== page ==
I think that all of us, as leaders, have a tendency to be cowards, or lazy, or arrogant from time to time.  I would submit, though, that we are more often one than the others, evidenced by how we lead.  Do we make decisions too quickly?  Without enough information?  Do we turn a blind eye toward issues or harsh realities?  Do we expect others to follow without having to explain fully?

My friends have a clear sense of what they know, and of what they do not know.  They’ve reflected on what they’ve learned in 2008, and look forward to applying it in 2009 as they begin the process anew, hoping to gain a greater sense of the truth and continue to share it with others.

And that is good leadership. 


I need help. Do you?

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I am a good leader. Education, experiences and objective assessment would support that. (Yes, that is a confident opening statement, but that is another post for another day.)

None of that, however, precludes me from needing help.

It doesn’t matter what kind of talent or education or experience I have in leadership. I still need help.

Too many leaders, though, fail to recognize this, and even some who do fail to act on it.

I had a conversation with a mentee recently in which I offered to advocate for him in a given situation where I held some influence. To my surprise, he thanked me for the offer, but refused.

I was flabbergasted. I did not feel personally offended by his refusal, but I did wonder what was going through his mind.

Upon further reflection, though, he is a talented individual–very intelligent, charismatic and high-achieving.

This, however, is more than likely what made him think he doesn’t need my help, and probably not anyone else’s.

Counterintuitively, help is what will open doors for greater uses of his talent, and fulfillment of his capacities and potential.

As a leader, I need that kind of help whenever I can get it.

Do you?


Life (and Death)

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I learned today that a guy with whom I played soccer and attended class in high school took his own life this past weekend.  We weren’t really pals, hadn’t kept in touch except through Facebook, but it gave me pause to reflect nonetheless.

I thought about the loneliness he must have felt, and the drastic lows that must precipitate such a decision.  And then I thought about the people in my life, and how I care about them so fervently and hope so desperately that my relationships with them could withstand such storms, or afford them at least one outlet in the midst of their angst were they to encounter it.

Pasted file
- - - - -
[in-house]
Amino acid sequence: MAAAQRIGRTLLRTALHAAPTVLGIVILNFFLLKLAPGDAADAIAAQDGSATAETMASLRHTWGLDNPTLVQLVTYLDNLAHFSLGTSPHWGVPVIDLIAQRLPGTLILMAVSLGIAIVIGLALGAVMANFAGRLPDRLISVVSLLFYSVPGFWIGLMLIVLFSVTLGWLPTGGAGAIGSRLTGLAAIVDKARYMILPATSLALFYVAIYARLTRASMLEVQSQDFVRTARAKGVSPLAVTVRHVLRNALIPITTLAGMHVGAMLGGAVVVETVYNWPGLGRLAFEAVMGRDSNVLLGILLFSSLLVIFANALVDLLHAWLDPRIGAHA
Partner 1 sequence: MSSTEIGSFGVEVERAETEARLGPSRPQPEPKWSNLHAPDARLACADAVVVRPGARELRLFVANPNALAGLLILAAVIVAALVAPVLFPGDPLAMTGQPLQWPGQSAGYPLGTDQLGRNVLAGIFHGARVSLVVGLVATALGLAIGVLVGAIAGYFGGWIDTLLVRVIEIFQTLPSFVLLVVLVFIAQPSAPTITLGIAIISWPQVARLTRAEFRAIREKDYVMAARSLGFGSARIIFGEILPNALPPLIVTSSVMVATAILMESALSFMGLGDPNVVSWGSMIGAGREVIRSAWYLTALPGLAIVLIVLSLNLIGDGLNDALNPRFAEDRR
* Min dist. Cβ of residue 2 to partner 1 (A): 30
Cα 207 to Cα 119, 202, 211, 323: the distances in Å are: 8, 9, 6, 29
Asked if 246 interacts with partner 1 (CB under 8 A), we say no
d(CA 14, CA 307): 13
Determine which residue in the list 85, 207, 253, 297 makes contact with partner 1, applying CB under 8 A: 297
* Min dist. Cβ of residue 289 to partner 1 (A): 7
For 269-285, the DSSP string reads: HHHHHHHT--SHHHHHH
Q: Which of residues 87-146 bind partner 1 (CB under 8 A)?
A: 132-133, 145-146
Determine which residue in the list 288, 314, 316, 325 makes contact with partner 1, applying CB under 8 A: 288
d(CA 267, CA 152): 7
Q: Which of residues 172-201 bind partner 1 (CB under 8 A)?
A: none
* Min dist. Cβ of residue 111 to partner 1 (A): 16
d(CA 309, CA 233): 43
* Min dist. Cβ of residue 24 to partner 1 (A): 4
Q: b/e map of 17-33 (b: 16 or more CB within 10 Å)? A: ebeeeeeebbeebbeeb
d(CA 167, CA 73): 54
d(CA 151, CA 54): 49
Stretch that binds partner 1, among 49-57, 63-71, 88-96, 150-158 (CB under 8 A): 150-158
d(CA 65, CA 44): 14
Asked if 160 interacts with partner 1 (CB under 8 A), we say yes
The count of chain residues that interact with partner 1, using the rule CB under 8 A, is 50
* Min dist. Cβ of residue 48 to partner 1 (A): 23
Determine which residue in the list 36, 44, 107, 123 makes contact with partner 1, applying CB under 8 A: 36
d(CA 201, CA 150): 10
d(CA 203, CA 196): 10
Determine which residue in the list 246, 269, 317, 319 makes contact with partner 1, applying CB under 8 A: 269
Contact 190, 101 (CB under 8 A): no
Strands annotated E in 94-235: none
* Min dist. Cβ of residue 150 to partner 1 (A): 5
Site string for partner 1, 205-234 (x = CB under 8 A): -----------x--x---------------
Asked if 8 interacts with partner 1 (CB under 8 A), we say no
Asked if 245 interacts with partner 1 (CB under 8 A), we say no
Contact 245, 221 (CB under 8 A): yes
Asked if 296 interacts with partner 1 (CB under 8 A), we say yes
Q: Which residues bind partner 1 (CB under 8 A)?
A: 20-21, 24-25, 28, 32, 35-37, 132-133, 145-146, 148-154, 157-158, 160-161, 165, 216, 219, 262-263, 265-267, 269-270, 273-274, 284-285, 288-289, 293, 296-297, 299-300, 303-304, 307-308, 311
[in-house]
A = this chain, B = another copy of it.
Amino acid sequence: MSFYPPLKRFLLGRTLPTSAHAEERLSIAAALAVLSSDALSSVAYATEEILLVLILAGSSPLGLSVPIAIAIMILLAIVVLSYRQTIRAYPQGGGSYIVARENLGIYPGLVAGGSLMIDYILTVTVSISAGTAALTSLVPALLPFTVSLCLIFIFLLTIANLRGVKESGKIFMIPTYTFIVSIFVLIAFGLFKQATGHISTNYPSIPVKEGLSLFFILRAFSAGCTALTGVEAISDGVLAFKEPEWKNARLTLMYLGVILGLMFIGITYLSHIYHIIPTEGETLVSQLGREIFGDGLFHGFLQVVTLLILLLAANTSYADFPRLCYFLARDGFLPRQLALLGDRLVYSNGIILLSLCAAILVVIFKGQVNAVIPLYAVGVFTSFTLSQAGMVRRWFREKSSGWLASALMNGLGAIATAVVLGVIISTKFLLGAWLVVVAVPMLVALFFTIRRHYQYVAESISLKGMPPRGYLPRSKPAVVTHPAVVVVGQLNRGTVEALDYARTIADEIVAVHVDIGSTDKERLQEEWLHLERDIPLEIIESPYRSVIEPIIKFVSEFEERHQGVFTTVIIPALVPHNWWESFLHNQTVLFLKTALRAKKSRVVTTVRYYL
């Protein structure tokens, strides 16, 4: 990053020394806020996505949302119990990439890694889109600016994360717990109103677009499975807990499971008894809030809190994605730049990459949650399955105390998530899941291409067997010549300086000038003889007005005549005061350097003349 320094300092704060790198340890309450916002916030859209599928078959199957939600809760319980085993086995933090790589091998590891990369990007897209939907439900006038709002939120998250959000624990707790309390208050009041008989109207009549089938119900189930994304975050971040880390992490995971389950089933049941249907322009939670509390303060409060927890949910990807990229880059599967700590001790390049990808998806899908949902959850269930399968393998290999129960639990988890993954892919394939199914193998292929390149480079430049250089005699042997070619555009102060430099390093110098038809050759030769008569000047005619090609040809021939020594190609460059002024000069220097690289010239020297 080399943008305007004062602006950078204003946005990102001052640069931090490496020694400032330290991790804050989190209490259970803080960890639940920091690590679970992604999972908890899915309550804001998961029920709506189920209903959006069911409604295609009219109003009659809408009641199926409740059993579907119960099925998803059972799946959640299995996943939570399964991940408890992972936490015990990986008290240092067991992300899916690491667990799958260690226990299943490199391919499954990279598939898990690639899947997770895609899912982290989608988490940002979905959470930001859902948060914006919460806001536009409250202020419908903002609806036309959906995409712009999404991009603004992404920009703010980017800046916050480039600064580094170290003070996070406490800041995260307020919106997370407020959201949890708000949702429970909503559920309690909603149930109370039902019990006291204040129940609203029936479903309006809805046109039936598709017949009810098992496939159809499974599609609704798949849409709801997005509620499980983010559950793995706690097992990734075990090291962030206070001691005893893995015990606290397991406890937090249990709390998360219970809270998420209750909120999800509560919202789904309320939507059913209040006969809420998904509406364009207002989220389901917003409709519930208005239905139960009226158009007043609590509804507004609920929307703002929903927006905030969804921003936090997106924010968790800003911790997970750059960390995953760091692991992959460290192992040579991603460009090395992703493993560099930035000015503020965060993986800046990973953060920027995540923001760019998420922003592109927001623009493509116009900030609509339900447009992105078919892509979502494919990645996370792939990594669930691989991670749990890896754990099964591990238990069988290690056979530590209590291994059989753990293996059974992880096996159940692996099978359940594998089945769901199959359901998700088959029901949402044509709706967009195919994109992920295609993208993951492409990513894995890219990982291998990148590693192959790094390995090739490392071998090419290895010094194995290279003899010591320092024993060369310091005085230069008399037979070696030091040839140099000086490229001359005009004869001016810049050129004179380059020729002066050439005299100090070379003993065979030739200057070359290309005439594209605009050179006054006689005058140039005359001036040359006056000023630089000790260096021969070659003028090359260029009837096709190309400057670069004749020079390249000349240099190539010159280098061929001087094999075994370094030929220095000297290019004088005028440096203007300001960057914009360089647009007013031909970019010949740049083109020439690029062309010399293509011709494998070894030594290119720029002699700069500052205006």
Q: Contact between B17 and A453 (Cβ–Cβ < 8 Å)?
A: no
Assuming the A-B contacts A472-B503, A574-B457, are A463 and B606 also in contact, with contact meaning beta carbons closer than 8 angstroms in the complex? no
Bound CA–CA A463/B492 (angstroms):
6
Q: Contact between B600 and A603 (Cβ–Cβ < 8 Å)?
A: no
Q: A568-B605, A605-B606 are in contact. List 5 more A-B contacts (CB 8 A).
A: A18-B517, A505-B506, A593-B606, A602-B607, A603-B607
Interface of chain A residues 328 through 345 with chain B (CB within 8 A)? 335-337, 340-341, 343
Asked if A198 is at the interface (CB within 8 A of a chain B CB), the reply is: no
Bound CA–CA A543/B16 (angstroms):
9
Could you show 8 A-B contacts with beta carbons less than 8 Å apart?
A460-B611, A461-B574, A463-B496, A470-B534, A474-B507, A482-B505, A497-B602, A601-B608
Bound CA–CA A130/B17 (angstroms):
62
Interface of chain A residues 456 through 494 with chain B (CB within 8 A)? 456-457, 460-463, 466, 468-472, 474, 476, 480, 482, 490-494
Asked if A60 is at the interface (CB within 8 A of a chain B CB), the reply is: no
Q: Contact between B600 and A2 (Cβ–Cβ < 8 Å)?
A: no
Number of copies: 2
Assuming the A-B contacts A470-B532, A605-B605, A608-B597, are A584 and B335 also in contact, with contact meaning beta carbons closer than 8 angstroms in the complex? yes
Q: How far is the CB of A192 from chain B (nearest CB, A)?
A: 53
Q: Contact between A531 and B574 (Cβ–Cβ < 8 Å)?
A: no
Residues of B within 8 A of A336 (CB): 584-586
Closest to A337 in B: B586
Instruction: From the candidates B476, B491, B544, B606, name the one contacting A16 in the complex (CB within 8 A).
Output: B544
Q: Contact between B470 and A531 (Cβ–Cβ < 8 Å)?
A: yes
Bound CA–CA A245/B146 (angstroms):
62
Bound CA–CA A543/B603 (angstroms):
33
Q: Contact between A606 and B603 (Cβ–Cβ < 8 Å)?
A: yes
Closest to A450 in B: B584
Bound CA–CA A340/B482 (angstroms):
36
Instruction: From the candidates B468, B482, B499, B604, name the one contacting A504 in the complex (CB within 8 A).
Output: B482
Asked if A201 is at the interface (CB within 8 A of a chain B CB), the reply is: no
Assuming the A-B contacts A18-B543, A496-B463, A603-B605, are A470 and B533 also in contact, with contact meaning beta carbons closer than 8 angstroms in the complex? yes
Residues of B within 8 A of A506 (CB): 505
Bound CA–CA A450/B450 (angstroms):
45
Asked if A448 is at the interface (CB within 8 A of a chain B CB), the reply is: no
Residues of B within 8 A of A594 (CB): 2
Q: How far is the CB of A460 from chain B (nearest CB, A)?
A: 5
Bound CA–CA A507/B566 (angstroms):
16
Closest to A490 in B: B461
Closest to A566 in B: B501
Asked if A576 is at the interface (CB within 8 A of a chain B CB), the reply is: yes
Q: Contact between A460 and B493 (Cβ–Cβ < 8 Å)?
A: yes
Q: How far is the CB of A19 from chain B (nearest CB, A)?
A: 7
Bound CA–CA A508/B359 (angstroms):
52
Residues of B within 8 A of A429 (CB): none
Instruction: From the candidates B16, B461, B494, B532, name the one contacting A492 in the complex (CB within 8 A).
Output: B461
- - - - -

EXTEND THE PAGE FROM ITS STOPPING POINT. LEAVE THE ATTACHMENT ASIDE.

But I know all too well that there are also other factors, most well beyond my capacity to control.

So I resolve again anew, as we all must, to play my part in strengthening bonds, in remaining current, intentional, even vulnerable. 

For there is no shame in knowing, nor in being known.

So speak, ask, listen, apologize, hug, smile, cry, admit, persist…  and create an environment in which it is possible for others to do the same.

Even the greatest among us falls when alone.


Leaders Create Community

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I had an opportunity this week to address a group of educators on leadership.

One of the things I said to them was, “A school is the hub of a community, and a community is the hub of the world.”

I am not in the habit of christening my own comments as profound, but I realized as soon as I’d uttered it that it resonated through the room.  I hadn’t planned the comment in advance, which perhaps added to the effect.

It started me thinking about the goals and outcomes of leadership.  Though I often talk about my own family, and leading within the familial context, this, while tremendously important, cannot be the limit of my leadership if I am truly a leader.  I must apply principles I learn in the leading of my family to other contexts: micro to macro.

Given that followers need trust, relationship, hope–surely these are the ingredients of community.

The core questions, then, become, “How do I lead in such a way as to bring these about, and how can I be certain they have transpired?”

This is “The Hope of ‘What If?’”–to imagine that it is possible to extend the concept of family to the entire world–daring to wonder how community, and therefore outcomes like peace, justice and subsistence might be achieved, and then leading toward them with intent, confident that they are, in fact, possible.

And this is why the family is so important, for if I cannot lead to achieve peace, justice and subsistence (among others) there, what business do I have in assuming I might lead others to them elsewhere?